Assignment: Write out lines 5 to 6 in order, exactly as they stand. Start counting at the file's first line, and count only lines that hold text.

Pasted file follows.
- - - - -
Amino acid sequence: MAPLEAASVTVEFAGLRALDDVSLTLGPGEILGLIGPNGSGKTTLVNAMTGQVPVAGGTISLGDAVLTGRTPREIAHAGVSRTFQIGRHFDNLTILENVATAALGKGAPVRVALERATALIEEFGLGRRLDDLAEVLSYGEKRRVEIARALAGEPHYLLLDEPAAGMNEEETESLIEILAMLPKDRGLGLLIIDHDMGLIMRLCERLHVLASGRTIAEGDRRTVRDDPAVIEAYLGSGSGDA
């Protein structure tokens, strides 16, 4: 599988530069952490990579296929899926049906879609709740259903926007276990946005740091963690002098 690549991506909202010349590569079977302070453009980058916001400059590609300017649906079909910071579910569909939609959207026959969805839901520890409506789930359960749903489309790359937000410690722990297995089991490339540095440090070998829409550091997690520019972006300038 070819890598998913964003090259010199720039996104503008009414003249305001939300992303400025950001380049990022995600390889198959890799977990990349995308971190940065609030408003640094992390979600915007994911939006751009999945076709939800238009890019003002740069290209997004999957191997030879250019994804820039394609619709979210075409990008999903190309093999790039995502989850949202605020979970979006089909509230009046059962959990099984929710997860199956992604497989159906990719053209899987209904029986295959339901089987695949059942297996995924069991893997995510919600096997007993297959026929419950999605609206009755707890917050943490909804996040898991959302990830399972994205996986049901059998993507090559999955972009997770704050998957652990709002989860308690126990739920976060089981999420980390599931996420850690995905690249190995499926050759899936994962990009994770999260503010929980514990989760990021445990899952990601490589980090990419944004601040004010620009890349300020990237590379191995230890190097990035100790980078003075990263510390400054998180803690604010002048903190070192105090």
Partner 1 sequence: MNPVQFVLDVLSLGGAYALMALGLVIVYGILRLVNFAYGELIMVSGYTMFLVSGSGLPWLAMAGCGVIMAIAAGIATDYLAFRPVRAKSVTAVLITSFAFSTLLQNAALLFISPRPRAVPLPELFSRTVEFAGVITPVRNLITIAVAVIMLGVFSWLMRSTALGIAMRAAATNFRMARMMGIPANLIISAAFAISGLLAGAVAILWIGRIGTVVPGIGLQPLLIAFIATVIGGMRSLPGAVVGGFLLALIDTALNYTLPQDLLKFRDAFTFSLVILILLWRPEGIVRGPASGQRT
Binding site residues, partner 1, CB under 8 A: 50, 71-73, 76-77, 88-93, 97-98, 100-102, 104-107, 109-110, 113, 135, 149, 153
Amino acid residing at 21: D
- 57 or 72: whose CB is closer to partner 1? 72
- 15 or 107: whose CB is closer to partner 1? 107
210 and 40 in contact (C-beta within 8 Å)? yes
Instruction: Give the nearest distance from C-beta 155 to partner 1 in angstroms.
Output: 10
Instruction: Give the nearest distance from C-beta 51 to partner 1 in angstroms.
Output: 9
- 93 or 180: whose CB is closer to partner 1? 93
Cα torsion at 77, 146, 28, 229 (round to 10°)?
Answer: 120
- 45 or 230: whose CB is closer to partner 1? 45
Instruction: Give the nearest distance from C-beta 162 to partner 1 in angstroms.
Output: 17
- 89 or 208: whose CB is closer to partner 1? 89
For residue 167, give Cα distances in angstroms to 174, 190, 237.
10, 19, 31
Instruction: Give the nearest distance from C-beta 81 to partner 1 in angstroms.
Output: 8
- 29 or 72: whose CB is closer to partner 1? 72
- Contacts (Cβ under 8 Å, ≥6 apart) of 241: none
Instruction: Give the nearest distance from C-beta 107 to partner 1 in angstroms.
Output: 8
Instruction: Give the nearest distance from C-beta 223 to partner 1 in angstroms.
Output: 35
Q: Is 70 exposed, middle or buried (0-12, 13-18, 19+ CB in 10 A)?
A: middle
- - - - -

Amino acid residing at 21: D
- 57 or 72: whose CB is closer to partner 1? 72